Gold & Other Precious metals 15%
Real estate 5%
How would you characterise demand for gold amongst your private clients in Asia?
Very strong demand 8%
Modest demand 80%
Low demand/little interest 12%
How would you characterise demand for other precious metals (aside from gold) amongst your clients in Asia?
Very strong demand 8%
Modest demand 46%
Low demand/little interest 46%
How are your clients taking their exposure to gold?
Physical gold 30%
Selected gold mining or other stocks 12%
Actively managed funds 15%
What do you or your bank/firm anticipate for the price of gold by the end of 2023?
US$2250 and above 11%
Key Observations & Insights from the Experts
Has the US dollar reached a turning point? Some argue ‘yes’ and warn that the fall will change the status quo dramatically
A guest opened by remarking that the US dollar suffered the worst November on record, implying that the dollar is extremely vulnerable to fears of recession. Meanwhile, gold, he reported, was up slightly on the year 2022. “Gold has served as a shock absorber, despite the safe haven momentum rally in the Dollar [for much of 2022], and we think the Dollar will be much more vulnerable as markets anticipate the first rate cut by the end of 2023.”
Don’t forget that in a relative basis, gold performed well in 2022, in other words it did its job
Another expert highlighted that gold’s very slight rise in 2022 was in stark juxtaposition to the slump in asset prices around the globe and especially in stark contrast to the dismal performance of the US equity markets. He noted that gold had appreciated almost 20% in Japanese Yen, and 8% in the UK Pound, and over 6% in Euros.
“Since 2020, gold has actually been doing what it is supposed to be doing,” he told delegates. “It has inverse correlation to the US Dollar. I believe it offers a strong store value in this high inflation environment. Forty years ago, one ounce of gold was USD40, and today it is nearer USD1800. And gold is back to centre stage. And the central banks are buying - Q3 2022 saw the largest net purchases of gold by central banks since the financial crisis of 2008.”
Expert Opinion – Davis Hall, Head of Capital Markets, Asia, Indosuez Wealth Management: “In light of the runaway and unpayable global debt levels, exponential derivatives outstanding, and the unanchored inflation, it is now absolutely imperative for our clientele to acknowledge that nothing clears the mind more than the absence of true safe haven portfolio alternatives."
Whatever else is happening, rates are the single most important factor for gold, others argue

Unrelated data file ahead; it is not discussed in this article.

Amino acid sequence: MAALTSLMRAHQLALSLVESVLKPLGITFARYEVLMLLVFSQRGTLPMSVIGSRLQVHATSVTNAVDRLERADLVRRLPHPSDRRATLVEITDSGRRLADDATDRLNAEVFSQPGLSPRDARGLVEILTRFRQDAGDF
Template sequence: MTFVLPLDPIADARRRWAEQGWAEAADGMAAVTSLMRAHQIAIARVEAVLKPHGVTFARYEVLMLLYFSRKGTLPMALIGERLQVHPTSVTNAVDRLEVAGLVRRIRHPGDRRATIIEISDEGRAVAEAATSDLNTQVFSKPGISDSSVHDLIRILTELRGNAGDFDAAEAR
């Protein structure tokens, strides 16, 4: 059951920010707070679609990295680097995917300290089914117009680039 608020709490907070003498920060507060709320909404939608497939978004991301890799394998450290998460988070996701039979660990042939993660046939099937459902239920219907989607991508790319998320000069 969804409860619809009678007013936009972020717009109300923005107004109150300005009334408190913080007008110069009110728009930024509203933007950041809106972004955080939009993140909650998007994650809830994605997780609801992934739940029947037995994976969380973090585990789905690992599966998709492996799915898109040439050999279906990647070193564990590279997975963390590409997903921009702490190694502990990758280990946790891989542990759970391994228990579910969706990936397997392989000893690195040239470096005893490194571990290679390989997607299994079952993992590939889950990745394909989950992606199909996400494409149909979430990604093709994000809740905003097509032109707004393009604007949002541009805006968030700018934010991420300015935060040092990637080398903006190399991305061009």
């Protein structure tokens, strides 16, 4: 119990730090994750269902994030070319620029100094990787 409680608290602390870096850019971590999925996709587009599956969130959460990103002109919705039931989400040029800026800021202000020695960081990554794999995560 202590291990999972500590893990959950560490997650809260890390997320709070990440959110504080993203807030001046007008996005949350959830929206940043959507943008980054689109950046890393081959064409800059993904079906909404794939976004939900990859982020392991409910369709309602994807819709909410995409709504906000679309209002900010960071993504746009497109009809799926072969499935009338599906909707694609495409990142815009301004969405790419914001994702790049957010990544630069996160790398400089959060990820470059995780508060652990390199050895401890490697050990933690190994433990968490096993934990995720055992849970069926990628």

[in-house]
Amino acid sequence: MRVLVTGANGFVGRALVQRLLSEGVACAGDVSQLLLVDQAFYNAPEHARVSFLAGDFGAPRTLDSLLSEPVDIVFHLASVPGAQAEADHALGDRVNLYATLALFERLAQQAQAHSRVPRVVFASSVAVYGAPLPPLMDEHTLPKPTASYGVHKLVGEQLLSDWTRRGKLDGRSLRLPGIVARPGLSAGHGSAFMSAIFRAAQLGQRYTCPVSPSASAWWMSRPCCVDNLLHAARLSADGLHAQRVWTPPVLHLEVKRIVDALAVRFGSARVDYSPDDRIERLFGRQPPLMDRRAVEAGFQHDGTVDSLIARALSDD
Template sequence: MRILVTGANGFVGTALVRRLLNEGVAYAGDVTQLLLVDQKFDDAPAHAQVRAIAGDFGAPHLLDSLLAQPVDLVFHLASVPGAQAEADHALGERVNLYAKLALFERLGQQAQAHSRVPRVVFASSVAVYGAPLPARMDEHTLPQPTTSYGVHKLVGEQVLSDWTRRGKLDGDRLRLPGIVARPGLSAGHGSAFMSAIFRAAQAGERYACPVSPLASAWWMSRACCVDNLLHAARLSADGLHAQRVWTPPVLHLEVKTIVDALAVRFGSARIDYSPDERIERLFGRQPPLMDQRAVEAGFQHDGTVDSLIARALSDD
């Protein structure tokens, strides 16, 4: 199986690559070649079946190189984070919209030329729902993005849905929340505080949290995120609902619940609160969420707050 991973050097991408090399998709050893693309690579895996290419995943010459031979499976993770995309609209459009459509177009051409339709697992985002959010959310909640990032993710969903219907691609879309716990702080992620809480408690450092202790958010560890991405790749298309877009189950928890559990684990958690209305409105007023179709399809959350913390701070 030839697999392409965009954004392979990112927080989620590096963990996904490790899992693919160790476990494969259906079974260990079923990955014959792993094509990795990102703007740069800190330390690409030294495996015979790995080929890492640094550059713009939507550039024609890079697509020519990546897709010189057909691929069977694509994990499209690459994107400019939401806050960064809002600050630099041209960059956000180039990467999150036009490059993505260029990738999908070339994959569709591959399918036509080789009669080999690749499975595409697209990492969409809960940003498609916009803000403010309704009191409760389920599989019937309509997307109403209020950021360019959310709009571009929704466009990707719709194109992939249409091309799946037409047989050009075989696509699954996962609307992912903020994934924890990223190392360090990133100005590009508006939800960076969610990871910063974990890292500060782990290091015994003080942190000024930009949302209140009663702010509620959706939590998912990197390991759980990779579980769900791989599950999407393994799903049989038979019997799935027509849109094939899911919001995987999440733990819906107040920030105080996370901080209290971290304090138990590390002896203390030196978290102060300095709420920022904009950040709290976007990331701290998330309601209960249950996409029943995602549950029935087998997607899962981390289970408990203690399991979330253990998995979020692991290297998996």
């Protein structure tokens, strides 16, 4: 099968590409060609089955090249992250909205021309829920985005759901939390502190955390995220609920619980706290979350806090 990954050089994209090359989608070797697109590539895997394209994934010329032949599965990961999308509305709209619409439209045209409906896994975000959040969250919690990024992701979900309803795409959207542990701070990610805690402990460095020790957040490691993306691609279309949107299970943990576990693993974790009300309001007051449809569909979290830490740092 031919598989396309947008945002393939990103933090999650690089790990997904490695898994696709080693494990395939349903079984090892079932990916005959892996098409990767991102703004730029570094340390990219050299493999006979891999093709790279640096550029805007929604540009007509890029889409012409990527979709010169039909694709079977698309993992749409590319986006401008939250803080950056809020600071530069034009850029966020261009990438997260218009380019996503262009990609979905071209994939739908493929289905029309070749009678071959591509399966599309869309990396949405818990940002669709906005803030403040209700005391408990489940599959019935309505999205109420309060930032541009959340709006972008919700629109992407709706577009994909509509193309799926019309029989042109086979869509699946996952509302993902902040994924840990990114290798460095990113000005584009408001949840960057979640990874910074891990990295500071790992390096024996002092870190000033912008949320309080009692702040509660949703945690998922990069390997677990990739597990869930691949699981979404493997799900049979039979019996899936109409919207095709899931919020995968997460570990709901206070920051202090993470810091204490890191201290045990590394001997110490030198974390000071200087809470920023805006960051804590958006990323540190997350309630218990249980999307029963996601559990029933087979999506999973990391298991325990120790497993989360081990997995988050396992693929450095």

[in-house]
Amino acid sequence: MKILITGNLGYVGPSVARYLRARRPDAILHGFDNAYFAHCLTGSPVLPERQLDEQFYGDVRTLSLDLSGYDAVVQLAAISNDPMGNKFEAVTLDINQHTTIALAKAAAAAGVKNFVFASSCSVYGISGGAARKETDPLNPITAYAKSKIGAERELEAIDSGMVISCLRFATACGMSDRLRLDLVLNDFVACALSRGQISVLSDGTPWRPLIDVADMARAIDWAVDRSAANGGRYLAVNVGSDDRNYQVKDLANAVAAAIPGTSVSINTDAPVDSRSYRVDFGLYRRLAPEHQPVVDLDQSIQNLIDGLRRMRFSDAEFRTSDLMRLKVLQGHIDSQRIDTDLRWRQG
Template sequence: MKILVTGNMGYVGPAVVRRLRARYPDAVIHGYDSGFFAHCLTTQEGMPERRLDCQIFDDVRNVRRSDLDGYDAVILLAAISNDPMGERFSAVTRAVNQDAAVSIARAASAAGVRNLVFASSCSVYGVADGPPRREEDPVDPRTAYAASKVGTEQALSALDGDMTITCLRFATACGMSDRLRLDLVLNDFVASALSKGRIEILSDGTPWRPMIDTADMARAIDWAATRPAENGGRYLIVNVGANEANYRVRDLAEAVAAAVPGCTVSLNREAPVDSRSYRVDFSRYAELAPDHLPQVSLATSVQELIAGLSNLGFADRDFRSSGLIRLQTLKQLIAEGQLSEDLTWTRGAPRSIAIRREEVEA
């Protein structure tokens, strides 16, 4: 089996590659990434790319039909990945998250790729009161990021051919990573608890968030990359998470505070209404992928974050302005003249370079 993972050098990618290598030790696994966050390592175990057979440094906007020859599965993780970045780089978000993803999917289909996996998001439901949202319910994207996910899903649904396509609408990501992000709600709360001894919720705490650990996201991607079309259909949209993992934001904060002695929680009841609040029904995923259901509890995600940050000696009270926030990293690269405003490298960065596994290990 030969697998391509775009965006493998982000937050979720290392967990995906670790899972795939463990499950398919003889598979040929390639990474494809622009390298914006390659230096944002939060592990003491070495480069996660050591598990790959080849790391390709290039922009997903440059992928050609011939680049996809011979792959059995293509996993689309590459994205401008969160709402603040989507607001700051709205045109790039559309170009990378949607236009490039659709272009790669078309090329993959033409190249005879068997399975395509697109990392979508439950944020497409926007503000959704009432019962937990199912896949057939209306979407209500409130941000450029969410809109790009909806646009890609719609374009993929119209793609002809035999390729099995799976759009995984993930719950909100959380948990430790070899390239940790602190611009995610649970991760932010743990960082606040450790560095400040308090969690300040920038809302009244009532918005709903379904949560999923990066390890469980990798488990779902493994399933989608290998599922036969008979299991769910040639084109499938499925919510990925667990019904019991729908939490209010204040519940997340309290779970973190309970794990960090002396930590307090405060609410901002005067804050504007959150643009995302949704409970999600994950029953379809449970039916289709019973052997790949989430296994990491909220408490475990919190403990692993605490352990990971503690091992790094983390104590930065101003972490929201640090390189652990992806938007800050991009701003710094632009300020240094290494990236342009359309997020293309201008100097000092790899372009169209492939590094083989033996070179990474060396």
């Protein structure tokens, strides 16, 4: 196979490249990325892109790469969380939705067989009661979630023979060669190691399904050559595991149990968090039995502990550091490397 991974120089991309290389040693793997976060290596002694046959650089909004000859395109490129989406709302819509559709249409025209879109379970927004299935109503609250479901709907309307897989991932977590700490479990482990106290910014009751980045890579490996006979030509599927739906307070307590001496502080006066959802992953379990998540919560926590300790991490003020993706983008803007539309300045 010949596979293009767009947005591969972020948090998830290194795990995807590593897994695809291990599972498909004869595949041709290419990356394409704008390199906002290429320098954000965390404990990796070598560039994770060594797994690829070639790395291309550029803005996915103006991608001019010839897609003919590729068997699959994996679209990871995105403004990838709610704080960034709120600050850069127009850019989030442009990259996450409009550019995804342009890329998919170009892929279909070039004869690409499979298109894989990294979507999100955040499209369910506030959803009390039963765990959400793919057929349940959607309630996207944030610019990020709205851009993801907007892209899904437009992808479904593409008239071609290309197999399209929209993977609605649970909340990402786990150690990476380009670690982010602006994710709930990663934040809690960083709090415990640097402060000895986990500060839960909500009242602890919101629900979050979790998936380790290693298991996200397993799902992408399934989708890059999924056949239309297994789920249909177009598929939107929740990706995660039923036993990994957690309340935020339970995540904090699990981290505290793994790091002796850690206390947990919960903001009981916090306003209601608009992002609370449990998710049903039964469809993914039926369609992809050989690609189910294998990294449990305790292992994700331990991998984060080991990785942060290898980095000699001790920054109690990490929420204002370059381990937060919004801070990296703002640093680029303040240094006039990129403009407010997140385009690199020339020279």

“Real interest rates, in our view, are the single most important factor for gold,” another expert stated. While this has been a headwind for gold, it might become a tailwind next year.”
There is a growing view that the US debt scenario is truly frightening – potentially cataclysmic - and that augurs well for gold
A fellow panellist added that the Swiss franc had outperformed every currency for decades, rising from USD1/CHF4.25 in 1975 to above parity with the dollar, which is truly remarkable. “But this year, gold made a new all-time high against the Swiss Franc,” he noted, “adding to the view we espouse that we need to stop valuing portfolios in Dollars.” The US dollar is at risk, he added, observing that the US government is effectively reaching a point of no return, an inflection point where they don't have enough GDP and tax revenue to cover the mere financing of the existing USD31.5 trillion of debt and daily running costs to service that of USD1.4 billion a day, or a million dollars a minute.
“Moreover,” he warned, “some 25% of the US debt matures in the next three years and will have to be reissued at the Treasury window with auctions, which at the current interest rates would be at least double the cost. In short, just because the Dollar has had a momentum run, this is still the decade of de-dollarisation, we believe. Sell the dollar on rallies.”
Gold should be part of a broader diversification away from direct exposure to the US dollar
This expert strong recommended holding at least 5% of portfolios in gold, but also diversifying currencies. He recommended the New Zealand dollar as a great alternative, due to the central bank’s rapid rate rises [to 4.25% by late 2022], although noting that it had been bought a bit aggressively and needed to drop a few points before investors should buy back again. He said he currently likes the AAA currencies such as those of Singapore, Norway, Australia, and Canada (collectively the SNACs), all due to the robust fiscal and financial management.
“The Dollar in incredibly vulnerable,” he concluded. “OTC global derivatives exposures are somewhere close to one quadrillion of dollars equivalent, and there are numerous worrying geopolitical issues. In our view, gold could easily move higher, and silver is also looking really good.”
Another speaker agreed, noting that fiat currencies are essentially promissory notes by increasingly challenged governments.
Expert Opinion – Davis Hall, Head of Capital Markets, Asia, Indosuez Wealth Management: “There will be an immense price to pay for this relentless QE balance sheet expansion and ongoing debasement of fiat currency issuance . Liability-free Gold will thus play its shock absorber role as it always has going forward. Private clients ought to smarten up and re-evaluate their wealth savings in terms of gold not valued solely versus the flailing US dollar.”